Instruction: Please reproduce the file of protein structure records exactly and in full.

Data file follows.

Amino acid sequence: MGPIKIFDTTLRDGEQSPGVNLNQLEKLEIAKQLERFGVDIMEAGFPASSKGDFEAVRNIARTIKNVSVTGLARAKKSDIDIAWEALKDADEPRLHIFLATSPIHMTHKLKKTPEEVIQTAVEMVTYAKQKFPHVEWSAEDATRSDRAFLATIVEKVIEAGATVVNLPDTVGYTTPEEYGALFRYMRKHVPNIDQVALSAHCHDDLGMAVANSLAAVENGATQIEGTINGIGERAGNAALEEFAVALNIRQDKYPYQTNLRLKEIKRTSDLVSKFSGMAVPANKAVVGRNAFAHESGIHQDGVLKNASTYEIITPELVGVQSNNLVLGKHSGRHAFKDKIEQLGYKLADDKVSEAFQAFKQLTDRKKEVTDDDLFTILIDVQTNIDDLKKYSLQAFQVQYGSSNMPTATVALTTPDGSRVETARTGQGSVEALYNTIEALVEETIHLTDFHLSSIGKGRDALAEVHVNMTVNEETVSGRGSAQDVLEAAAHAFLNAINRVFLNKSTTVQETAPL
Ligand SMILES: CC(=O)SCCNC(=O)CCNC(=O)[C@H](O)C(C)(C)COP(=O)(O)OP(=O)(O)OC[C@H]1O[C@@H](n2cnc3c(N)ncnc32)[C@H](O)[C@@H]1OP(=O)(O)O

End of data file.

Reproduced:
Amino acid sequence: MGPIKIFDTTLRDGEQSPGVNLNQLEKLEIAKQLERFGVDIMEAGFPASSKGDFEAVRNIARTIKNVSVTGLARAKKSDIDIAWEALKDADEPRLHIFLATSPIHMTHKLKKTPEEVIQTAVEMVTYAKQKFPHVEWSAEDATRSDRAFLATIVEKVIEAGATVVNLPDTVGYTTPEEYGALFRYMRKHVPNIDQVALSAHCHDDLGMAVANSLAAVENGATQIEGTINGIGERAGNAALEEFAVALNIRQDKYPYQTNLRLKEIKRTSDLVSKFSGMAVPANKAVVGRNAFAHESGIHQDGVLKNASTYEIITPELVGVQSNNLVLGKHSGRHAFKDKIEQLGYKLADDKVSEAFQAFKQLTDRKKEVTDDDLFTILIDVQTNIDDLKKYSLQAFQVQYGSSNMPTATVALTTPDGSRVETARTGQGSVEALYNTIEALVEETIHLTDFHLSSIGKGRDALAEVHVNMTVNEETVSGRGSAQDVLEAAAHAFLNAINRVFLNKSTTVQETAPL
Ligand SMILES: CC(=O)SCCNC(=O)CCNC(=O)[C@H](O)C(C)(C)COP(=O)(O)OP(=O)(O)OC[C@H]1O[C@@H](n2cnc3c(N)ncnc32)[C@H](O)[C@@H]1OP(=O)(O)O